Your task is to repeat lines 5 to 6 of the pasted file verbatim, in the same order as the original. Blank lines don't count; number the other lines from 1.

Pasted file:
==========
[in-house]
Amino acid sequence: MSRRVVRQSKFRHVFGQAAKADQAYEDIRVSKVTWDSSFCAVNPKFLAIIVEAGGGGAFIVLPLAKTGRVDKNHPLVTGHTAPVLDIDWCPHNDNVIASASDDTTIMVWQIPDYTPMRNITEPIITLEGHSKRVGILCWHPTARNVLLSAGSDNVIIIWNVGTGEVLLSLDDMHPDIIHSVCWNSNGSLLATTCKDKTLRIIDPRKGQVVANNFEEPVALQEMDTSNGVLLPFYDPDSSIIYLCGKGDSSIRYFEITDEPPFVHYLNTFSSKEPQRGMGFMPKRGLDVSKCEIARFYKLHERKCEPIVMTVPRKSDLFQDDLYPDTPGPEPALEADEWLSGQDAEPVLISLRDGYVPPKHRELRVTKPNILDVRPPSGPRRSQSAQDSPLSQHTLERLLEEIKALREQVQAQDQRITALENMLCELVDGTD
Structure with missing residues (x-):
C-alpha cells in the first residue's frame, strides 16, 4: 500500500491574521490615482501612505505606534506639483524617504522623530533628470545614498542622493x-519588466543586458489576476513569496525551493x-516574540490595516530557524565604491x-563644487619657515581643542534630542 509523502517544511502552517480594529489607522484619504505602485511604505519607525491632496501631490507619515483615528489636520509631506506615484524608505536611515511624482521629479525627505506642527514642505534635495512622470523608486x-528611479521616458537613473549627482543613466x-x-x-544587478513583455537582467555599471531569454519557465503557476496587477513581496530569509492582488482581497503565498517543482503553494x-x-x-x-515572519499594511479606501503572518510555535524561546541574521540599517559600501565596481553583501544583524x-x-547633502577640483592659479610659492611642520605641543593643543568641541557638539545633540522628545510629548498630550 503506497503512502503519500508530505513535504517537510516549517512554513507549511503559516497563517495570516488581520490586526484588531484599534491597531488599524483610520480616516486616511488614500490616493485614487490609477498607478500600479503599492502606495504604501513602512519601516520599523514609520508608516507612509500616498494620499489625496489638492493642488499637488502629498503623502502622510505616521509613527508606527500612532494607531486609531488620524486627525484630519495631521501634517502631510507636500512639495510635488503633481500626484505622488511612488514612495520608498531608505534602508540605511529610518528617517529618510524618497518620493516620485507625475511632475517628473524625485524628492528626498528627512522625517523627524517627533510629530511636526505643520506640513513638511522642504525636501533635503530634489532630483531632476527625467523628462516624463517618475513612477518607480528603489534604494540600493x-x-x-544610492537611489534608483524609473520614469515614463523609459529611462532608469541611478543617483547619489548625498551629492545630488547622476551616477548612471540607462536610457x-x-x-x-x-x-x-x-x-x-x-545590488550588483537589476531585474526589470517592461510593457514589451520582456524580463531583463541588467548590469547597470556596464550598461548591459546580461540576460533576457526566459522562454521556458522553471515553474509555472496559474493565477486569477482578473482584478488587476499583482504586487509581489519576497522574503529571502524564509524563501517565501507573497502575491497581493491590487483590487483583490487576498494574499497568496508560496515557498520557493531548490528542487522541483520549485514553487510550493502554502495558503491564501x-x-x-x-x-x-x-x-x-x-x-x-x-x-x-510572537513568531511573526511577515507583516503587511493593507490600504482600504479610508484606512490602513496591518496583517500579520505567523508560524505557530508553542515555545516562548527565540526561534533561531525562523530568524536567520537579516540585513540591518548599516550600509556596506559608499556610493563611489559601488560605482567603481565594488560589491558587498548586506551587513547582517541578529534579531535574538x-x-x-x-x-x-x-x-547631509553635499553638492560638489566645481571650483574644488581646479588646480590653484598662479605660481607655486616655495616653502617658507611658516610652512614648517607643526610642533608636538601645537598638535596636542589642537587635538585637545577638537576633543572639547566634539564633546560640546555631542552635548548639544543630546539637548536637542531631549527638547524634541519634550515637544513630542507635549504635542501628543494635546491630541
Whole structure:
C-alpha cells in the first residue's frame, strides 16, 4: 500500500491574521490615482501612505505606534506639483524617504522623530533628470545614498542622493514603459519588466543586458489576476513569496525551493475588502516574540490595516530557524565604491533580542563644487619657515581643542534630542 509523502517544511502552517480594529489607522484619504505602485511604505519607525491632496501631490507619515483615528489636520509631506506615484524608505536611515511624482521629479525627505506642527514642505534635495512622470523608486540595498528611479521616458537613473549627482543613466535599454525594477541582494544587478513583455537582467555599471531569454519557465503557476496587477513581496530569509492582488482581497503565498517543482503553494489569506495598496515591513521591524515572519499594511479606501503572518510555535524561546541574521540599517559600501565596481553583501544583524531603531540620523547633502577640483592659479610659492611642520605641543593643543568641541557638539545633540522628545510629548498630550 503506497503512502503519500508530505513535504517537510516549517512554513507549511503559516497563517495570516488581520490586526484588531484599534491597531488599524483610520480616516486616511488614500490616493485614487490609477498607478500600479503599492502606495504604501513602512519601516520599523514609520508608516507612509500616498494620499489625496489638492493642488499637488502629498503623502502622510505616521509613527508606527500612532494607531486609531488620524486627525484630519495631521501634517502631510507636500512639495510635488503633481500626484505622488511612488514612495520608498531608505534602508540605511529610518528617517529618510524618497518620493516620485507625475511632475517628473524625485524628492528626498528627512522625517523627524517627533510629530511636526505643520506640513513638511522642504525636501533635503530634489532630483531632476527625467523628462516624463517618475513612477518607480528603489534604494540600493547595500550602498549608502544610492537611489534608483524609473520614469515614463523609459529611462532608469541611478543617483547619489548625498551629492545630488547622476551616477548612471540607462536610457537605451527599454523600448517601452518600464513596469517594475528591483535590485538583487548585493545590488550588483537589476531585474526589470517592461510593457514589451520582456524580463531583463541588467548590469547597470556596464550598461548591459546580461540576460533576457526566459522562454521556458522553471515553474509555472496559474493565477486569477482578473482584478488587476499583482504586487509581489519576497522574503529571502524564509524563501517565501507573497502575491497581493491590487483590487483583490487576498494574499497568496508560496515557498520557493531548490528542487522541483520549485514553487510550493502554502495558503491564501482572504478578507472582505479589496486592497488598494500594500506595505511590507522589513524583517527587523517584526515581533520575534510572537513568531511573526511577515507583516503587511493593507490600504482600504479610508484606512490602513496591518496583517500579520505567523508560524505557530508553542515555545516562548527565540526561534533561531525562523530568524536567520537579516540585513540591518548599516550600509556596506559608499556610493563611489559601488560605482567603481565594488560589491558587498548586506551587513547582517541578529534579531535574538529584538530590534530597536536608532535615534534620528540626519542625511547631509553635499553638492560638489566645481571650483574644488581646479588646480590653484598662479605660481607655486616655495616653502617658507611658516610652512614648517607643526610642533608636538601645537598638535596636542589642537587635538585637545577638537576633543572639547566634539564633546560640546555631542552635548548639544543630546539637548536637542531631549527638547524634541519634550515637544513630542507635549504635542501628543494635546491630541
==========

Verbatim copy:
Whole structure:
C-alpha cells in the first residue's frame, strides 16, 4: 500500500491574521490615482501612505505606534506639483524617504522623530533628470545614498542622493514603459519588466543586458489576476513569496525551493475588502516574540490595516530557524565604491533580542563644487619657515581643542534630542 509523502517544511502552517480594529489607522484619504505602485511604505519607525491632496501631490507619515483615528489636520509631506506615484524608505536611515511624482521629479525627505506642527514642505534635495512622470523608486540595498528611479521616458537613473549627482543613466535599454525594477541582494544587478513583455537582467555599471531569454519557465503557476496587477513581496530569509492582488482581497503565498517543482503553494489569506495598496515591513521591524515572519499594511479606501503572518510555535524561546541574521540599517559600501565596481553583501544583524531603531540620523547633502577640483592659479610659492611642520605641543593643543568641541557638539545633540522628545510629548498630550 503506497503512502503519500508530505513535504517537510516549517512554513507549511503559516497563517495570516488581520490586526484588531484599534491597531488599524483610520480616516486616511488614500490616493485614487490609477498607478500600479503599492502606495504604501513602512519601516520599523514609520508608516507612509500616498494620499489625496489638492493642488499637488502629498503623502502622510505616521509613527508606527500612532494607531486609531488620524486627525484630519495631521501634517502631510507636500512639495510635488503633481500626484505622488511612488514612495520608498531608505534602508540605511529610518528617517529618510524618497518620493516620485507625475511632475517628473524625485524628492528626498528627512522625517523627524517627533510629530511636526505643520506640513513638511522642504525636501533635503530634489532630483531632476527625467523628462516624463517618475513612477518607480528603489534604494540600493547595500550602498549608502544610492537611489534608483524609473520614469515614463523609459529611462532608469541611478543617483547619489548625498551629492545630488547622476551616477548612471540607462536610457537605451527599454523600448517601452518600464513596469517594475528591483535590485538583487548585493545590488550588483537589476531585474526589470517592461510593457514589451520582456524580463531583463541588467548590469547597470556596464550598461548591459546580461540576460533576457526566459522562454521556458522553471515553474509555472496559474493565477486569477482578473482584478488587476499583482504586487509581489519576497522574503529571502524564509524563501517565501507573497502575491497581493491590487483590487483583490487576498494574499497568496508560496515557498520557493531548490528542487522541483520549485514553487510550493502554502495558503491564501482572504478578507472582505479589496486592497488598494500594500506595505511590507522589513524583517527587523517584526515581533520575534510572537513568531511573526511577515507583516503587511493593507490600504482600504479610508484606512490602513496591518496583517500579520505567523508560524505557530508553542515555545516562548527565540526561534533561531525562523530568524536567520537579516540585513540591518548599516550600509556596506559608499556610493563611489559601488560605482567603481565594488560589491558587498548586506551587513547582517541578529534579531535574538529584538530590534530597536536608532535615534534620528540626519542625511547631509553635499553638492560638489566645481571650483574644488581646479588646480590653484598662479605660481607655486616655495616653502617658507611658516610652512614648517607643526610642533608636538601645537598638535596636542589642537587635538585637545577638537576633543572639547566634539564633546560640546555631542552635548548639544543630546539637548536637542531631549527638547524634541519634550515637544513630542507635549504635542501628543494635546491630541